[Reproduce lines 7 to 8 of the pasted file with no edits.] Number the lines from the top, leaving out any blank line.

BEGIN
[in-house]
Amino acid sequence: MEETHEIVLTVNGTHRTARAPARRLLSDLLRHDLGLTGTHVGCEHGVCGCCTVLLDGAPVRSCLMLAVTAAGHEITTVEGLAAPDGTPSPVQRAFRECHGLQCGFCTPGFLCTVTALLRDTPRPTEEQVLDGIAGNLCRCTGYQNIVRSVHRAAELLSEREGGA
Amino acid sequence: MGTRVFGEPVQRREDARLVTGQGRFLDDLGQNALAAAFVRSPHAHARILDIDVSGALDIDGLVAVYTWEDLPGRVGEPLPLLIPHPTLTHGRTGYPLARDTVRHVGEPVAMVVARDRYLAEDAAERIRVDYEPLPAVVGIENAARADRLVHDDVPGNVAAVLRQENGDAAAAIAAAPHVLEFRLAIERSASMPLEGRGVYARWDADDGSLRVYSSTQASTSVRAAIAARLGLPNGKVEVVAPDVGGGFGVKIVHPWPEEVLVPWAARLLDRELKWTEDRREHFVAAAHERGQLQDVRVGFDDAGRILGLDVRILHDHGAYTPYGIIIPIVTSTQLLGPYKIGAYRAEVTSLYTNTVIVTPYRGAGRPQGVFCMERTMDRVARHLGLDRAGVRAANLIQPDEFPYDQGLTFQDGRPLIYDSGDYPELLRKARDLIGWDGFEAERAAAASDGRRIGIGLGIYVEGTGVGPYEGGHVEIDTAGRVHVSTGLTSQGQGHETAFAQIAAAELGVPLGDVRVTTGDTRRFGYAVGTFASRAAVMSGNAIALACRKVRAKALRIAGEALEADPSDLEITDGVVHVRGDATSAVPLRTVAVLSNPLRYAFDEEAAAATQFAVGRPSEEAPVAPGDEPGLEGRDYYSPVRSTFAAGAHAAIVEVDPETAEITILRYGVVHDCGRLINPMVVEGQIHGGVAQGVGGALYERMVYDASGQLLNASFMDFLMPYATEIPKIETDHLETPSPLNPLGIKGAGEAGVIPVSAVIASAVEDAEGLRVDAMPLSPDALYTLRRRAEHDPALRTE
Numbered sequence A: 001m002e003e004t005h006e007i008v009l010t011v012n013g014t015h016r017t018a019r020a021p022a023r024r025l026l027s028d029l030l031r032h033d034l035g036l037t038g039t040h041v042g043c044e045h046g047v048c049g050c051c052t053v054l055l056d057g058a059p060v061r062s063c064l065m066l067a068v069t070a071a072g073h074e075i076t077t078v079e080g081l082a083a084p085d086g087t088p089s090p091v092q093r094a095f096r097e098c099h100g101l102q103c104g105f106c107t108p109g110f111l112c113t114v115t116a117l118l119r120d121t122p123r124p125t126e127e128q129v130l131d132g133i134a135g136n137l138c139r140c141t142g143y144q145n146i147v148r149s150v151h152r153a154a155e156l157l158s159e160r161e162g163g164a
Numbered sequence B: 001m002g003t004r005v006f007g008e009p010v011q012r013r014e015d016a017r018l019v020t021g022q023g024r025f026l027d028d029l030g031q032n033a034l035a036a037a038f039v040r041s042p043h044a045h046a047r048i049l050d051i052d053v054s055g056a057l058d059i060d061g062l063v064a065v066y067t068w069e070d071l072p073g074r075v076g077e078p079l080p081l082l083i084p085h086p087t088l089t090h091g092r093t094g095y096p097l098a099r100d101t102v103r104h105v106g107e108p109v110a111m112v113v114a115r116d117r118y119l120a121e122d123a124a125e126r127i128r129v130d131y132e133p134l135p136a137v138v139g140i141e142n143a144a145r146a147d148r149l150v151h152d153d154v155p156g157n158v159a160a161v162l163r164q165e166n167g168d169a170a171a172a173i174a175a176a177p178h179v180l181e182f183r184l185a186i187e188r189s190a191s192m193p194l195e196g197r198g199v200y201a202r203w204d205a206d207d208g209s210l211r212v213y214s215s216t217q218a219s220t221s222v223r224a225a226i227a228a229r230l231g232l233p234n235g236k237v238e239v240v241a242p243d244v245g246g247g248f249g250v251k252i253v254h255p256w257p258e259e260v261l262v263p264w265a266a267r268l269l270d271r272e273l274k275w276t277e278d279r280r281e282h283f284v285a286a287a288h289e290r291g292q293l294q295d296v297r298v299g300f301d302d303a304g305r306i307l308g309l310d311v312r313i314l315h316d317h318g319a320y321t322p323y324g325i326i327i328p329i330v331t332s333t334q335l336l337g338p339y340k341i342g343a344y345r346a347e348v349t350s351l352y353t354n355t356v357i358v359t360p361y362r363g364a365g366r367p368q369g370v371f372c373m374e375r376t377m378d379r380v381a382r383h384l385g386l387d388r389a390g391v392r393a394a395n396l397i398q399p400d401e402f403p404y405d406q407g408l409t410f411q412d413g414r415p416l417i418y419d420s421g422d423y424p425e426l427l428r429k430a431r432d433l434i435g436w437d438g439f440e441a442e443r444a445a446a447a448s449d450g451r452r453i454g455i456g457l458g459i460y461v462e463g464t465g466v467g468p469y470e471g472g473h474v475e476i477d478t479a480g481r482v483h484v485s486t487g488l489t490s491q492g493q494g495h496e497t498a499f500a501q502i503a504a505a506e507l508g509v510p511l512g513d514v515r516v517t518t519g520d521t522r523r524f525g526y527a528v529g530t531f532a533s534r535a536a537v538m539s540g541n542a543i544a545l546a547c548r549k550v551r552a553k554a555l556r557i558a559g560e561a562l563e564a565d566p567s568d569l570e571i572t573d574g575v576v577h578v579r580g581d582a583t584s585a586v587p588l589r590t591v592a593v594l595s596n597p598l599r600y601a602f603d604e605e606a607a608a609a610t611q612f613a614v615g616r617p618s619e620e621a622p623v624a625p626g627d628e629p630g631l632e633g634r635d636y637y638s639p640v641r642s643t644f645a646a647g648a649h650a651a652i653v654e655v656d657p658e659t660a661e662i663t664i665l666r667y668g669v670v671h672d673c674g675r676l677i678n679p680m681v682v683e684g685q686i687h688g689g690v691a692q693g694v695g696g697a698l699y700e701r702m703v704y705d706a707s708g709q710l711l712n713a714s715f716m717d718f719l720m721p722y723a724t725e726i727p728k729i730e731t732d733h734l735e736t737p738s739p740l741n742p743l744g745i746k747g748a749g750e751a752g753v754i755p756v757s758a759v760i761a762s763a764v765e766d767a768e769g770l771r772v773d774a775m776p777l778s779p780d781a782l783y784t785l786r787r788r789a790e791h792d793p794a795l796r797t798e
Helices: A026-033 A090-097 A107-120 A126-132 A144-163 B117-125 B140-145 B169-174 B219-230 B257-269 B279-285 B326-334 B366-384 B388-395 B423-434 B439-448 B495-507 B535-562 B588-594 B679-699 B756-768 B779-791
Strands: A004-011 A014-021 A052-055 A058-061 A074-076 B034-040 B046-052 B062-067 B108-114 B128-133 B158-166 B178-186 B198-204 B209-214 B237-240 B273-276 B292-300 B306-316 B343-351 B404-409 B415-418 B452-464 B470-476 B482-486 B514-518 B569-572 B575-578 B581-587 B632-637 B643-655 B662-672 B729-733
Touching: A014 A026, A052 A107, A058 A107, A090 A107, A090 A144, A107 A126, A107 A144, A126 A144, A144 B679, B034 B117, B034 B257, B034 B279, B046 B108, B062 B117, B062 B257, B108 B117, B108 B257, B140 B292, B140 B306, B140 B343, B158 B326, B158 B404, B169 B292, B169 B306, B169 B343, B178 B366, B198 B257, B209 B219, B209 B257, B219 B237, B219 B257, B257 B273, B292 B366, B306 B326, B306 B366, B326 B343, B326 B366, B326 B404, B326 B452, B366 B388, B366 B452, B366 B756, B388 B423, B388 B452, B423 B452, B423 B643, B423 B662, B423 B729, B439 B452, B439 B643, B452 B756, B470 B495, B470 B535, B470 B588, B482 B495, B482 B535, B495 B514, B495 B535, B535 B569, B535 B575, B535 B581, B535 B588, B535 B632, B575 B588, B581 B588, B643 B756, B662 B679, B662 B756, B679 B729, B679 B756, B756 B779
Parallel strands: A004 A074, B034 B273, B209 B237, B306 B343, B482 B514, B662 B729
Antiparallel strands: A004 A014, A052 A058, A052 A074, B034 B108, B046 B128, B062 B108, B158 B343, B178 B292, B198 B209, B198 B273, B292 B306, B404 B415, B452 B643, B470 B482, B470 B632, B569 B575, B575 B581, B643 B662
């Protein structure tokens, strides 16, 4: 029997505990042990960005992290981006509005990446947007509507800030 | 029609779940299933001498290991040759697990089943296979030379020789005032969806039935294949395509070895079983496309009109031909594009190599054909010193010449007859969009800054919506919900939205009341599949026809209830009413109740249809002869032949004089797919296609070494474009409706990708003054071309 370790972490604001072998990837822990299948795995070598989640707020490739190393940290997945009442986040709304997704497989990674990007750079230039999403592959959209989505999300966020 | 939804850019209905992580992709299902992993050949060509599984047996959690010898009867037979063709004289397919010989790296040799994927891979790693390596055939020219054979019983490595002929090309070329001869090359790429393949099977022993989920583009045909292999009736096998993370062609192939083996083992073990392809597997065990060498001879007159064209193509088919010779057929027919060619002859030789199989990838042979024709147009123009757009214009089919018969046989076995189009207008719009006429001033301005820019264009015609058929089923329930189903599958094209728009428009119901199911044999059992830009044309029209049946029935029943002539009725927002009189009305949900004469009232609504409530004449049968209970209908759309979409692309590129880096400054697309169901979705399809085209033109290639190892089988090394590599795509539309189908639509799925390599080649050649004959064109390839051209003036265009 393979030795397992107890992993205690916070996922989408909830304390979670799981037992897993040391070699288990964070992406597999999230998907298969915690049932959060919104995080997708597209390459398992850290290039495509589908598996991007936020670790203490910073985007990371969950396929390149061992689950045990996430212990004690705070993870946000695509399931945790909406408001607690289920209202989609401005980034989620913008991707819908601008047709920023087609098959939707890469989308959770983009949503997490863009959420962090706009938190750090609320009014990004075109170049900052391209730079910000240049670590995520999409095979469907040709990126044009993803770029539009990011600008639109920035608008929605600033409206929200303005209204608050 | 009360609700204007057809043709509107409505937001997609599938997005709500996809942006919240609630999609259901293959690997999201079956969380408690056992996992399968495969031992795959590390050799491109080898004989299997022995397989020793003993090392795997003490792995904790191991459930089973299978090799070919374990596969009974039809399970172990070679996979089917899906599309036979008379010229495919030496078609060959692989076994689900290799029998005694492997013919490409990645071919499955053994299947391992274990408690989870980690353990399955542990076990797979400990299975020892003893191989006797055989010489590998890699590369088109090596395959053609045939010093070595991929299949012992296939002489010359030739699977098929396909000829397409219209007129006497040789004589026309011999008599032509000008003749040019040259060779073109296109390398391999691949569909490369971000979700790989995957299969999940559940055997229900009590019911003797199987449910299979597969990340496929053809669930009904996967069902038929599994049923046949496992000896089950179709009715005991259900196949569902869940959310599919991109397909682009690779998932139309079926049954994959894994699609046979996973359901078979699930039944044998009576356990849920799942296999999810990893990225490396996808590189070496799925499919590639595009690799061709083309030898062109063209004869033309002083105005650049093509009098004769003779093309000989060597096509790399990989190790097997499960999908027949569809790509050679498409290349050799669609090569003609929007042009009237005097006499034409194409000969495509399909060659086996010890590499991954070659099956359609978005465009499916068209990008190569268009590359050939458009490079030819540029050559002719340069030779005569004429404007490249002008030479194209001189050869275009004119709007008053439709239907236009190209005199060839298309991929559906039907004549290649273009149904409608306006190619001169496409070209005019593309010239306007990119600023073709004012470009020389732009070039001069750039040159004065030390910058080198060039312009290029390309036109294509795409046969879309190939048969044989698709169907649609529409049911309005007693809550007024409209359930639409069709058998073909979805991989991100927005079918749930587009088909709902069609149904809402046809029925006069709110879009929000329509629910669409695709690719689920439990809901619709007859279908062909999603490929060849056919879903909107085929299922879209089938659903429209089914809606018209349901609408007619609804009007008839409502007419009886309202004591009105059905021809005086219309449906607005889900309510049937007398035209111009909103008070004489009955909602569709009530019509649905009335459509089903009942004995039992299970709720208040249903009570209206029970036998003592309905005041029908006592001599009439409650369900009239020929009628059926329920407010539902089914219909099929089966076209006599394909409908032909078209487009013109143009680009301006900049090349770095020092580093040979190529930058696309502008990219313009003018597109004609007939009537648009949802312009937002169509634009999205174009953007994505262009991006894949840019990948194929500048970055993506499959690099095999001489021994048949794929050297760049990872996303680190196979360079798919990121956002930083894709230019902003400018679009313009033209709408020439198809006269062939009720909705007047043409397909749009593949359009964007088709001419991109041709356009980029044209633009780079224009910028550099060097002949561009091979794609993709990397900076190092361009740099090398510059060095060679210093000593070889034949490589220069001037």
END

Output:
Strands: A004-011 A014-021 A052-055 A058-061 A074-076 B034-040 B046-052 B062-067 B108-114 B128-133 B158-166 B178-186 B198-204 B209-214 B237-240 B273-276 B292-300 B306-316 B343-351 B404-409 B415-418 B452-464 B470-476 B482-486 B514-518 B569-572 B575-578 B581-587 B632-637 B643-655 B662-672 B729-733
Touching: A014 A026, A052 A107, A058 A107, A090 A107, A090 A144, A107 A126, A107 A144, A126 A144, A144 B679, B034 B117, B034 B257, B034 B279, B046 B108, B062 B117, B062 B257, B108 B117, B108 B257, B140 B292, B140 B306, B140 B343, B158 B326, B158 B404, B169 B292, B169 B306, B169 B343, B178 B366, B198 B257, B209 B219, B209 B257, B219 B237, B219 B257, B257 B273, B292 B366, B306 B326, B306 B366, B326 B343, B326 B366, B326 B404, B326 B452, B366 B388, B366 B452, B366 B756, B388 B423, B388 B452, B423 B452, B423 B643, B423 B662, B423 B729, B439 B452, B439 B643, B452 B756, B470 B495, B470 B535, B470 B588, B482 B495, B482 B535, B495 B514, B495 B535, B535 B569, B535 B575, B535 B581, B535 B588, B535 B632, B575 B588, B581 B588, B643 B756, B662 B679, B662 B756, B679 B729, B679 B756, B756 B779